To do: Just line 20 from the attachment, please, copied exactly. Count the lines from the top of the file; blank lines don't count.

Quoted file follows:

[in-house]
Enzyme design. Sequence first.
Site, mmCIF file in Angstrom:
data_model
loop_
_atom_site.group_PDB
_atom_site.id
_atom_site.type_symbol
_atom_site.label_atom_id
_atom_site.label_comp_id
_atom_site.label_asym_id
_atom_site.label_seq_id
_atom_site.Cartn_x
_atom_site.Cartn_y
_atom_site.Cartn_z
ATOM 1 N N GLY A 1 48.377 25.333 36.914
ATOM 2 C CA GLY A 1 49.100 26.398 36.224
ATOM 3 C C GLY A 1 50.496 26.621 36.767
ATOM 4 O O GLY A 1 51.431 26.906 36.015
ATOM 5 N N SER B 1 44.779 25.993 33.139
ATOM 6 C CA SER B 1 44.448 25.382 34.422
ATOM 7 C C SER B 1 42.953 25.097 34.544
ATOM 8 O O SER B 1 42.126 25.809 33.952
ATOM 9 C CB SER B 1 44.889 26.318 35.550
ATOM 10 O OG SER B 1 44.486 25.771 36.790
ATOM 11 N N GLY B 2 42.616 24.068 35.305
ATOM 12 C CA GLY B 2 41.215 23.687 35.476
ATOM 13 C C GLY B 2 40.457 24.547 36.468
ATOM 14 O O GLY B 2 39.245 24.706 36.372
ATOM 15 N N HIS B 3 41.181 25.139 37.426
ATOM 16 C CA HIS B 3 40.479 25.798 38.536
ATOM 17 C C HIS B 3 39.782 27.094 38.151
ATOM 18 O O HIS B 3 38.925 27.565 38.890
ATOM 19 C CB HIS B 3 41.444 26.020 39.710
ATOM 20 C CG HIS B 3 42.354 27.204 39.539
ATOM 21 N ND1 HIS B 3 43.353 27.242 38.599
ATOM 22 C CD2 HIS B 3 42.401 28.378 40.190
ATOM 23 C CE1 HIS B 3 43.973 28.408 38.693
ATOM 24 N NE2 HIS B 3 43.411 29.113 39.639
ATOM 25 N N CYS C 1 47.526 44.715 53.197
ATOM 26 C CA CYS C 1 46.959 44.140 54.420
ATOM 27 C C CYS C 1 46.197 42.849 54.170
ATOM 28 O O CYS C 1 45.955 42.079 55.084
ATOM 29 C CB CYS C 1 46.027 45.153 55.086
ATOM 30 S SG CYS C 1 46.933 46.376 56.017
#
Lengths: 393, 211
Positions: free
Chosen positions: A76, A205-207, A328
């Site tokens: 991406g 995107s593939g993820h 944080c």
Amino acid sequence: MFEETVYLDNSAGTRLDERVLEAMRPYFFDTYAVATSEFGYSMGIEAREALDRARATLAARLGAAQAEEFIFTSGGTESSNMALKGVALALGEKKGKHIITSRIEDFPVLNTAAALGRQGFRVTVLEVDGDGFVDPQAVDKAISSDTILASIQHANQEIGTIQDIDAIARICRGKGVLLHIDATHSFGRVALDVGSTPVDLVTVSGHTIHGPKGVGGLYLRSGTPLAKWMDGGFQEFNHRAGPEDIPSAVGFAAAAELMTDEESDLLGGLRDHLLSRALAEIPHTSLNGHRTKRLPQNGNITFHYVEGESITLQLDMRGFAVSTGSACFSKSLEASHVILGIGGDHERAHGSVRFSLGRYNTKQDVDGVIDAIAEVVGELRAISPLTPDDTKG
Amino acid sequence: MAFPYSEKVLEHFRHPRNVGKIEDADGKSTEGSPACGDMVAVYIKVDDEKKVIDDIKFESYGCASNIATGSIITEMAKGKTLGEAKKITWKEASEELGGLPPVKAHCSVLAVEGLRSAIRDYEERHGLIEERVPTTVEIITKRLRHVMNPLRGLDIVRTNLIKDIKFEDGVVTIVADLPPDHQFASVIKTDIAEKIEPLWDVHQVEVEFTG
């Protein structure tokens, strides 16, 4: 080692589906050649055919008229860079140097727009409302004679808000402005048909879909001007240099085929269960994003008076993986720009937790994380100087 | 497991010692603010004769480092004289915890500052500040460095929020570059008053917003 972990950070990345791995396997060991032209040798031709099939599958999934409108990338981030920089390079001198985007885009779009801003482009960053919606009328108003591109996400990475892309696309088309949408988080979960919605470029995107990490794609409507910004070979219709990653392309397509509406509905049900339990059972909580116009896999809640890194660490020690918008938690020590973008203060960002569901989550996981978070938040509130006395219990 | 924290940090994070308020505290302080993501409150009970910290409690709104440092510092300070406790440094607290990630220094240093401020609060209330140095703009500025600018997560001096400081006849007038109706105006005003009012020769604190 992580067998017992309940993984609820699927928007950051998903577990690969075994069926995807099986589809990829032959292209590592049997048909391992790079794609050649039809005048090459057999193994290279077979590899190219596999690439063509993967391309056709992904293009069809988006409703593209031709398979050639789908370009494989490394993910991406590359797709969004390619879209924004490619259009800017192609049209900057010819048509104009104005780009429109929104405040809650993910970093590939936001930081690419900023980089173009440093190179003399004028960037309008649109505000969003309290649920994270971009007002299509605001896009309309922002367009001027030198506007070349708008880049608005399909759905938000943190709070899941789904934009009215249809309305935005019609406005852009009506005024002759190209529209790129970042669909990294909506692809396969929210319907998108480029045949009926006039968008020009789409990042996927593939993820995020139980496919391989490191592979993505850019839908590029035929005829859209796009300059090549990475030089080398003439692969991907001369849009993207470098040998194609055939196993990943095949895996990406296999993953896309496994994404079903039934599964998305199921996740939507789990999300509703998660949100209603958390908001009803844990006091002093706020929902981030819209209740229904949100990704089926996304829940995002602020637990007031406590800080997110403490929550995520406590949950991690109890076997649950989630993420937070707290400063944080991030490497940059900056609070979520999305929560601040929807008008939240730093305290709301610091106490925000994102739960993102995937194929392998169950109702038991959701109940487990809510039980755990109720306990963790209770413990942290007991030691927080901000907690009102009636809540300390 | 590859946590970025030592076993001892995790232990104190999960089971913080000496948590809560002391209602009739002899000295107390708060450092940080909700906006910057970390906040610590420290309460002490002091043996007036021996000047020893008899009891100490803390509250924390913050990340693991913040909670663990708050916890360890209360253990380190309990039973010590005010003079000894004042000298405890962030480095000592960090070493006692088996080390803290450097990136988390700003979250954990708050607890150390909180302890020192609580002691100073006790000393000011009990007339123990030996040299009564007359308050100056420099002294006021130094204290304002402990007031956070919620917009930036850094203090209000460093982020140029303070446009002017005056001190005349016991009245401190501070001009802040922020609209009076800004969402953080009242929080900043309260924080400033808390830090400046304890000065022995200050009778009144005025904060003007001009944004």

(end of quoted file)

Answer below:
ATOM 5 N N SER B 1 44.779 25.993 33.139